Saturday I had received a free ticket through work to go to the final IU theater performance of Dancing and Lughnasa by Irish playwright Brian Friel. I had read this play during a continuing studies course through IU a few year ago and was eager to see it performed. If you know anything of Friel, or Irish plays in general it seems, they are more interested in the family and home life and those interactions, rather than some sweeping epic with lots of sets and characters and various plot lines. This could not have been more of a model for that. A small acting corp, 5 sisters, an older brother, a love interest and a male narrator who is the grown up son of one of the sisters. That’s it. It’s a one set deal, the house they all share in Donegal. A few of the actors and the behind the scenes folk were making this their Master’s project, which made me happy. Any attention paid to Irish things is ok with me.

The actors did all attempt an accent, with the help of a dialect coach that did an OUTSTANDING job with them. No one dropped the accents or tripped over Irish pronunciations that can be a bit off. I wasn’t sure about the love interest, he was supposed to be Welsh and I’m not familiar with that accent myself so I couldn’t tell you if it was good or not. The older uncle ended up with a British accent but that was to be expected. He’d spent many years prior with the British Army in Africa in a leper colony. When not speaking Swahili he would be exposed to the British accent so it made sense if you paid enough attention to the back story. You could tell a lot of work and thought went into just that bit of the performance, which made me very happy. The acting was spectacular, as always with an IU production. The costumes, while simple, fit the actors well, allowed movement (they do dance quite wildly after all) and were period perfect to that time in Ireland.

A lot of the issues I had with the performance were just the play itself. The brother, when returned from the British Army because he has malaria and is dying, is shunned by the local church, despite being a Pastor (I think) himself. I think this has to do with the play’s setting within history (1938). He was working with the hated British as an Irishman. Or maybe it was a jealousy thing. Either way, the man, because of his interaction for so many years with the African tribes thanks to his job, has a more fluid outlook on religion and worship than when he left, which could also be a reason for shunning. But either way it’s never made clear WHY he is getting the cold shoulder from the townsfolk, and that annoyed me. I love detail and intricacies like that. At the end of the play the reason had no bearing on what happened. It’s just a detail I enjoy in stories.

Would I have recommended a viewing? Maybe. I would have said, go for the work the actors and the crew have put in to the play. It was fantastic from top to bottom. Just don’t expect much out of the material. You are left to your own devices as to smaller details of what is going on in the play. It’s just a Friel play through and through. I’m glad I went. It was in the larger theater of the “new” theater wing at IU. I somehow sat in the front row (don’t recommend again, my poor neck) which was a treat. All for free thanks to my job and the Bloomington Fire Dept bringing us some tickets.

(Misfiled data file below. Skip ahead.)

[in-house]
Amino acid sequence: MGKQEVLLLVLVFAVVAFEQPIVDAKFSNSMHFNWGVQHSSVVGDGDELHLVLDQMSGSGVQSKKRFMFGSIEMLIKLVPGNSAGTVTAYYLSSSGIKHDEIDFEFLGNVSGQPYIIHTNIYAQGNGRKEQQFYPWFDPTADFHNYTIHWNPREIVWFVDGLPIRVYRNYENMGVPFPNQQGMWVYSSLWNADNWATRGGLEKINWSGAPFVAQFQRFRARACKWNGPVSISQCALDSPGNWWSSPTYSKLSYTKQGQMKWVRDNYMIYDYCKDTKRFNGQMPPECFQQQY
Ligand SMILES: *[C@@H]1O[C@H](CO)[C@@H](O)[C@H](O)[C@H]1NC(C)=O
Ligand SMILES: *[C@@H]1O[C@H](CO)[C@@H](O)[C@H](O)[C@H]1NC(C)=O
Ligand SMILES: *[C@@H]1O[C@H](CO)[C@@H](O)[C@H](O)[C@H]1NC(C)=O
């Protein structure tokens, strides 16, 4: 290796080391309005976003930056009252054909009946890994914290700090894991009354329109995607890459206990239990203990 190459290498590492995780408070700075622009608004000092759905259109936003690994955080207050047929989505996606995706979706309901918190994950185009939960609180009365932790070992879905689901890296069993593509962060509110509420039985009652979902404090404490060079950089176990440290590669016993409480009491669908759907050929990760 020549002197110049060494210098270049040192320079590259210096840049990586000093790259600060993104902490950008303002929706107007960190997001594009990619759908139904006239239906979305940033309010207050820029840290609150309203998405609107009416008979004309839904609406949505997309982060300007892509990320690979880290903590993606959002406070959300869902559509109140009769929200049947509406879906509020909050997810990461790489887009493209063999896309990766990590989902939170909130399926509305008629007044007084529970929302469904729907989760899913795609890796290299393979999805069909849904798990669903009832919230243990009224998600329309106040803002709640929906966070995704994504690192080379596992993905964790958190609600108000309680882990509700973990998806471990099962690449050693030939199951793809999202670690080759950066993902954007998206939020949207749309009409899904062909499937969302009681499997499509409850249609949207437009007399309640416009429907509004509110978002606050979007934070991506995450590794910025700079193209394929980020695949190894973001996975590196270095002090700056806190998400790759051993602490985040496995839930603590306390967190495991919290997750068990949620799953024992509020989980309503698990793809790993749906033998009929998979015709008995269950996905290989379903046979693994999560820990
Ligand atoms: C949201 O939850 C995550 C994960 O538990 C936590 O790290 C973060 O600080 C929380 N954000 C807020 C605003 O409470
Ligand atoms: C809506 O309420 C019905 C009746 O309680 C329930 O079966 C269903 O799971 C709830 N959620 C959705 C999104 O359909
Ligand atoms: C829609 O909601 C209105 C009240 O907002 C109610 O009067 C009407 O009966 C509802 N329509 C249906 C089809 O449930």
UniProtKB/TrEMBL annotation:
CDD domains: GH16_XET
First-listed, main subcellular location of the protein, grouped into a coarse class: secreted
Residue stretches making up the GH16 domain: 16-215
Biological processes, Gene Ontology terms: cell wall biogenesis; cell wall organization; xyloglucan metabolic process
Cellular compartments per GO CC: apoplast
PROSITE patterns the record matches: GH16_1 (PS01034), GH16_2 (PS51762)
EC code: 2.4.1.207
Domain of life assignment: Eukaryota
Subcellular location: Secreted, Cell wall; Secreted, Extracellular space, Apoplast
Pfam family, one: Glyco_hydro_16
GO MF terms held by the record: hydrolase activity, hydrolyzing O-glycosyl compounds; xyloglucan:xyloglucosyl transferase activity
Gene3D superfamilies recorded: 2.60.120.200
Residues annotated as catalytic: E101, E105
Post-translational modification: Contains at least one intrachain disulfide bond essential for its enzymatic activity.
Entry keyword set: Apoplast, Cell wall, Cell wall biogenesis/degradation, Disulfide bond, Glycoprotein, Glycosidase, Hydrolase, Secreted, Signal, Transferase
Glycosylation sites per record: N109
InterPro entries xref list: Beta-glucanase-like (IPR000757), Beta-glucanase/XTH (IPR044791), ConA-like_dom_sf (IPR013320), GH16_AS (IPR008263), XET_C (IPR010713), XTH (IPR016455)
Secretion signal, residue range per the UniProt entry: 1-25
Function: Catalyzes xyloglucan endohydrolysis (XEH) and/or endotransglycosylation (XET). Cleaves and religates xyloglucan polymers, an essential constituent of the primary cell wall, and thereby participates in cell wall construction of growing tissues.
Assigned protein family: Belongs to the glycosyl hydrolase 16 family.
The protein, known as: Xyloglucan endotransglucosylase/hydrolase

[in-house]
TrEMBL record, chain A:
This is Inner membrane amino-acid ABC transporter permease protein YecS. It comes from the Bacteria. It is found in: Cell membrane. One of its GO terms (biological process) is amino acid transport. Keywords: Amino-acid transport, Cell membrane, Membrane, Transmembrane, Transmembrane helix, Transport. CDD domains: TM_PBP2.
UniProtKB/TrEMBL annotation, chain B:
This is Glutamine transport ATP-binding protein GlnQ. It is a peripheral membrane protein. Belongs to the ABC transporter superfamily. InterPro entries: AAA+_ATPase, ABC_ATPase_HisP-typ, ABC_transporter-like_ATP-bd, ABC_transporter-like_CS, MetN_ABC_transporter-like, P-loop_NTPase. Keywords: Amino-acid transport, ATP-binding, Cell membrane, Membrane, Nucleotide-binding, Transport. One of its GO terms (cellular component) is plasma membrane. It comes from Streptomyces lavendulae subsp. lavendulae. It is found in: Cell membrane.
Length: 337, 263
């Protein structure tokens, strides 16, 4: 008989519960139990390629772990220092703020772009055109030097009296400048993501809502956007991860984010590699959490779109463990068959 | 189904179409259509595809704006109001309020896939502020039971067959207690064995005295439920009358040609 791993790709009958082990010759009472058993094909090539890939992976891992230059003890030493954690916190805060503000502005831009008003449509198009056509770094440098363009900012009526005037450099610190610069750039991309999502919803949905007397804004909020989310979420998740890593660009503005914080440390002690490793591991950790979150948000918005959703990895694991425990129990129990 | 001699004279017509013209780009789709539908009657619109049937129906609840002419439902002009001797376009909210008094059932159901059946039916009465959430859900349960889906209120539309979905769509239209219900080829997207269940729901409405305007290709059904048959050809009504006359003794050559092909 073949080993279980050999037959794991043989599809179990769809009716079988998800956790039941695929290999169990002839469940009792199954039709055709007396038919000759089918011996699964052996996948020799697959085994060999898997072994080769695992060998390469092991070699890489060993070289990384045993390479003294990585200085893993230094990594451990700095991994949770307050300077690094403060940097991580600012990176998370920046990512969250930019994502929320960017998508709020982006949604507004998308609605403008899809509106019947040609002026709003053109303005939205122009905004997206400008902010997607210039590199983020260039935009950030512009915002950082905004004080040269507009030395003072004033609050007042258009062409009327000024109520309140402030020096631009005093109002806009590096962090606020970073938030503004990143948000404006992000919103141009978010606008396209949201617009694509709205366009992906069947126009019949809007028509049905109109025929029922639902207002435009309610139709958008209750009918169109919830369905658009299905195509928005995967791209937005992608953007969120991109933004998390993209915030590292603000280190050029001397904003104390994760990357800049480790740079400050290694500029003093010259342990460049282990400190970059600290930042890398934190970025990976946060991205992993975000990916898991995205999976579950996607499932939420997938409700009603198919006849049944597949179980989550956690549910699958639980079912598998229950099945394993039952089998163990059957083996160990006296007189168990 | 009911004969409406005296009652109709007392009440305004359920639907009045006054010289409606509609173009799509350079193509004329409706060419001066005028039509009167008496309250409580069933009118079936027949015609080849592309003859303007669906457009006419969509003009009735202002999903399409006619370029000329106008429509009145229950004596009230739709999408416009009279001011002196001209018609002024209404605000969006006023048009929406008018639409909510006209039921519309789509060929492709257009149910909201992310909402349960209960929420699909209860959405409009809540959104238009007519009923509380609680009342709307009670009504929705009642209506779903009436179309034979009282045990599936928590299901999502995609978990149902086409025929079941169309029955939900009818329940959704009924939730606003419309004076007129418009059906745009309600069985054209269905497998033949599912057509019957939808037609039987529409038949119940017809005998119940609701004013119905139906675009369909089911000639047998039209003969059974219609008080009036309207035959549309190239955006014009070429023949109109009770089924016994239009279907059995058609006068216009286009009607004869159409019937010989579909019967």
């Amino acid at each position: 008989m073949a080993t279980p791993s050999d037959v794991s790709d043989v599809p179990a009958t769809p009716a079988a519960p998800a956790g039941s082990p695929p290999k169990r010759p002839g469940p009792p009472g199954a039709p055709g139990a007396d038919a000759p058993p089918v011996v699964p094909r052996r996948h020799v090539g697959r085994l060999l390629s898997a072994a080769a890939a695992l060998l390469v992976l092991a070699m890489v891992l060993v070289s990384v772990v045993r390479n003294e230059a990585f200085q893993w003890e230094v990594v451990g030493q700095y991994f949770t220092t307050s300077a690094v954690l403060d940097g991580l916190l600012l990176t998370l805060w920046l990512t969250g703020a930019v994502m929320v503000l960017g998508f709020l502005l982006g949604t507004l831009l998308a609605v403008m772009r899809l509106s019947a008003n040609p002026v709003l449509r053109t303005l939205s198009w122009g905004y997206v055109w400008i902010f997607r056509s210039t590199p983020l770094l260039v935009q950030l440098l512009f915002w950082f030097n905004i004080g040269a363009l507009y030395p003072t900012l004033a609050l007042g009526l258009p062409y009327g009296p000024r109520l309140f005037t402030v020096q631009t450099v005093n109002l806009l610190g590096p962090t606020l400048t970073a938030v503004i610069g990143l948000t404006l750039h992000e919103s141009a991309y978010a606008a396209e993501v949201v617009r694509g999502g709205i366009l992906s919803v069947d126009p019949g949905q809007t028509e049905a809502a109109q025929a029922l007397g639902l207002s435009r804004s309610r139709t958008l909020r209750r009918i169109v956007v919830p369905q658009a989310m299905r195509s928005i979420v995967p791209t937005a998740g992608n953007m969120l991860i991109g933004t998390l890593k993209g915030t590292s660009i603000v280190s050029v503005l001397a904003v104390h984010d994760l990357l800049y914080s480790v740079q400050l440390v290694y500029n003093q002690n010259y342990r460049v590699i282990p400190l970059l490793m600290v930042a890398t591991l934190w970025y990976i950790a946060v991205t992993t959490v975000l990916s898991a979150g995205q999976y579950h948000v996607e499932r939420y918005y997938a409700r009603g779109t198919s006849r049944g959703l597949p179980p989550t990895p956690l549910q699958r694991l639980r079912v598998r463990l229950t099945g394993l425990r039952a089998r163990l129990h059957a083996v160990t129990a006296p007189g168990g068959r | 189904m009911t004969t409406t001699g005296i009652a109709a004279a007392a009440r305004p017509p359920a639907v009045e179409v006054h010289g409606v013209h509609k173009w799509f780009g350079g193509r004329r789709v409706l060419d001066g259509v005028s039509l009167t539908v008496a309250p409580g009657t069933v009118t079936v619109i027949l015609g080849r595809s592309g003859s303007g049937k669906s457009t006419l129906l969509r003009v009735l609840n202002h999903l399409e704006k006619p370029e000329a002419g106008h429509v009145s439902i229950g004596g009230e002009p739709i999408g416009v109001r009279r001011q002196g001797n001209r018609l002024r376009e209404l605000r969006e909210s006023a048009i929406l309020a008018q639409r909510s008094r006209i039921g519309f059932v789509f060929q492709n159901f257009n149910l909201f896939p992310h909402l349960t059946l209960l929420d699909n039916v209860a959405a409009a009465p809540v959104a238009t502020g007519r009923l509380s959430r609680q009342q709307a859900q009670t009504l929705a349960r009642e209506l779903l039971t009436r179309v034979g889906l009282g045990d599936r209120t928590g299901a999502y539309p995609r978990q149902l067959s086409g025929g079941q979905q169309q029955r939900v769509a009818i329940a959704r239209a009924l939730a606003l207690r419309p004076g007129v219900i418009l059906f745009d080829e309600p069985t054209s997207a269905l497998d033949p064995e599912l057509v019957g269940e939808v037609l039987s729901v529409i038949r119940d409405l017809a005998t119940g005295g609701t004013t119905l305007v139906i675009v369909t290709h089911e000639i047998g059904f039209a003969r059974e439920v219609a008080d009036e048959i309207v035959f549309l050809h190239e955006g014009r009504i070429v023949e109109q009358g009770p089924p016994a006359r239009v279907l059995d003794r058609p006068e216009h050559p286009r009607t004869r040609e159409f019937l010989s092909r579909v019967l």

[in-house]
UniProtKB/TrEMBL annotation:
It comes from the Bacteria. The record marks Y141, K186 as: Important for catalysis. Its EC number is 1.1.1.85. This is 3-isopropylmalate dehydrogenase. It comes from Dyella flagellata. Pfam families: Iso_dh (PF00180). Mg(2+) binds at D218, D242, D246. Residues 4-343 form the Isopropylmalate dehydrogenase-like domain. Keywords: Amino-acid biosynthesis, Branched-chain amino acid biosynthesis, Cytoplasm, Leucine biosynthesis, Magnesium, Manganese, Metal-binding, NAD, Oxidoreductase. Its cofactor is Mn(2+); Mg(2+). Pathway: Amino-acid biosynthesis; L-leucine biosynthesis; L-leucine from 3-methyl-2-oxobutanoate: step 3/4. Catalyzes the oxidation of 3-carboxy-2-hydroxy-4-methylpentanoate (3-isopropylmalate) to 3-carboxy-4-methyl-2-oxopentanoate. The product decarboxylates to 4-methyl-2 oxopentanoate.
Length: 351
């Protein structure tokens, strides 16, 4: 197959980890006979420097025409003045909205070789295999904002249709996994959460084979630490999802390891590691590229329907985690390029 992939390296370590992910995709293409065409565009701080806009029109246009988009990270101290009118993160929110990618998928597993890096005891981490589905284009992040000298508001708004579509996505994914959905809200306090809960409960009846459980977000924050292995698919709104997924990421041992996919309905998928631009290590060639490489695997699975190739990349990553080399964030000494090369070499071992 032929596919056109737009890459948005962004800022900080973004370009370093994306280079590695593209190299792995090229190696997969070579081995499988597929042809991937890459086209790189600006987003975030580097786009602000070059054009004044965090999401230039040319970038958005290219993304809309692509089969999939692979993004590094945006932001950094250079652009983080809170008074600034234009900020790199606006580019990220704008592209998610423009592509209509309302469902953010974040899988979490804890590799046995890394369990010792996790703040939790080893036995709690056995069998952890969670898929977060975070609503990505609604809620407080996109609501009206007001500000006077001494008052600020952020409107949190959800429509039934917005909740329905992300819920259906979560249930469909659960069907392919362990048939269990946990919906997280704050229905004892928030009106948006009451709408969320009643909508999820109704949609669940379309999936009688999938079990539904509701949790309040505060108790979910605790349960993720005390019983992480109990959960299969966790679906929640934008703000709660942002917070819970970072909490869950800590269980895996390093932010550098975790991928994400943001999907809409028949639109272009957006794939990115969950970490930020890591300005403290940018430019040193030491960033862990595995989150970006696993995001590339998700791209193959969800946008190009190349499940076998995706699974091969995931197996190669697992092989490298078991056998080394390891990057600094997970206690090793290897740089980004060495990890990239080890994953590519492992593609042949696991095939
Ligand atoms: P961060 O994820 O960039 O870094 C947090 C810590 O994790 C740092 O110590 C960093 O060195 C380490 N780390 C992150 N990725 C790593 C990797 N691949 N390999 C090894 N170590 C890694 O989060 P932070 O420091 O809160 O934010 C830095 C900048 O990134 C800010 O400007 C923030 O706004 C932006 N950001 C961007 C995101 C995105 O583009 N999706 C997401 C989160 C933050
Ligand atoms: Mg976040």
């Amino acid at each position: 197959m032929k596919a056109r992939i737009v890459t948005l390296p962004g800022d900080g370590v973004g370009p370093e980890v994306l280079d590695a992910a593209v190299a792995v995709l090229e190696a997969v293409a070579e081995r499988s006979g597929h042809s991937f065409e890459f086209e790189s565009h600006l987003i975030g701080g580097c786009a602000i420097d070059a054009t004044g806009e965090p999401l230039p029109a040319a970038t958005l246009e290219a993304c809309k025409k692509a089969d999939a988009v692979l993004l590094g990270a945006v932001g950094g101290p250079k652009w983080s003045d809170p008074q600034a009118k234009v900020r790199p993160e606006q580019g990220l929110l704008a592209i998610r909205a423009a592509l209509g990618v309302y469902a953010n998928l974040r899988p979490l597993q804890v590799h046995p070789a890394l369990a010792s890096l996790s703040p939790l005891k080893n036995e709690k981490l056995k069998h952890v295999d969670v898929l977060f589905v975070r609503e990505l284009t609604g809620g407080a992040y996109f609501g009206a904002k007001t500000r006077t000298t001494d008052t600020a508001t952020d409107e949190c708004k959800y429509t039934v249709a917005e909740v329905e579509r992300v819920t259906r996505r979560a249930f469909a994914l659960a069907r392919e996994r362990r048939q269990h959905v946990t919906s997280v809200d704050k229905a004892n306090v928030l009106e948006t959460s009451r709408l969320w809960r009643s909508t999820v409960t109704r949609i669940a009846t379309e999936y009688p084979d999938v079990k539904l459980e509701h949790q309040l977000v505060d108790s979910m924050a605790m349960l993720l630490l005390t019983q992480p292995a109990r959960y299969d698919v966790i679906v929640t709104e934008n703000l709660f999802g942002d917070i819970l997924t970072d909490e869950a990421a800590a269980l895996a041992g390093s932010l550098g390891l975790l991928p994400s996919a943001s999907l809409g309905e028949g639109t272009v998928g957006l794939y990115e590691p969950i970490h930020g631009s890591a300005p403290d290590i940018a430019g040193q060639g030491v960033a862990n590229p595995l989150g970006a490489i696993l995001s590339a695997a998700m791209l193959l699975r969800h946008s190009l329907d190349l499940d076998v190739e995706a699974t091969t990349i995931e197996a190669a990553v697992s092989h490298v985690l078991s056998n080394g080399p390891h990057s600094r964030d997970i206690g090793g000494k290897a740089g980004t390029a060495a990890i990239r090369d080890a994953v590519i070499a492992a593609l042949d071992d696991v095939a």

So it was a busy weekend. On top of my arts dates I’ve been cat sitting for a friend. She was her regular pet cats that are darling and 2 sets of mommy and baby cats. One set will be 2 week old Thursday and 1 set is ready for the spay/neuter surgeries this week so they’re 8 weeks. There isn’t any better therapy for me than to sit in a room of playful kittens and watch them go. So that’s been fun. And of course snuggles from the mommy kitties.

Next week, Sunday afternoon through Tuesday evening, I’ll be at Spring Mill State Park for a quilt retreat! I already have my packing list together and a vague idea of what I’m going to take with me to work on. I’m excited to go but don’t have much as prepared as I usually go. Usually my fabric is cut and ready to sew together. The largest project I’m taking is from a jelly roll that is precut. I sew those together in a random order then subcut those. So I don’t want to do that until I get to retreat. I find with “random” stuff it’s best for me to sit and do it in all one go otherwise the “random” always looks different. Which… is the point maybe?

Anyway it will be a nice relaxing weekend with friends to kick off fall. I hope to get a lot done and enjoy myself.

Sorry this was soooo long. I just wanted to get some ideas out about the things I did and saw these past few days. This Thursday one of my favorite drag queens, Willam, is coming to town. I am SO EXCITED about that. So things keep coming up, my depression keeps letting me go and things keep looking up. Finally.

~S

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One thought on “Hello, it’s me

  1. Very nice. Glad you had an active weekend. I saw the movie version of Dancing at Lunaghsa several years ago. You’re right, very Irish.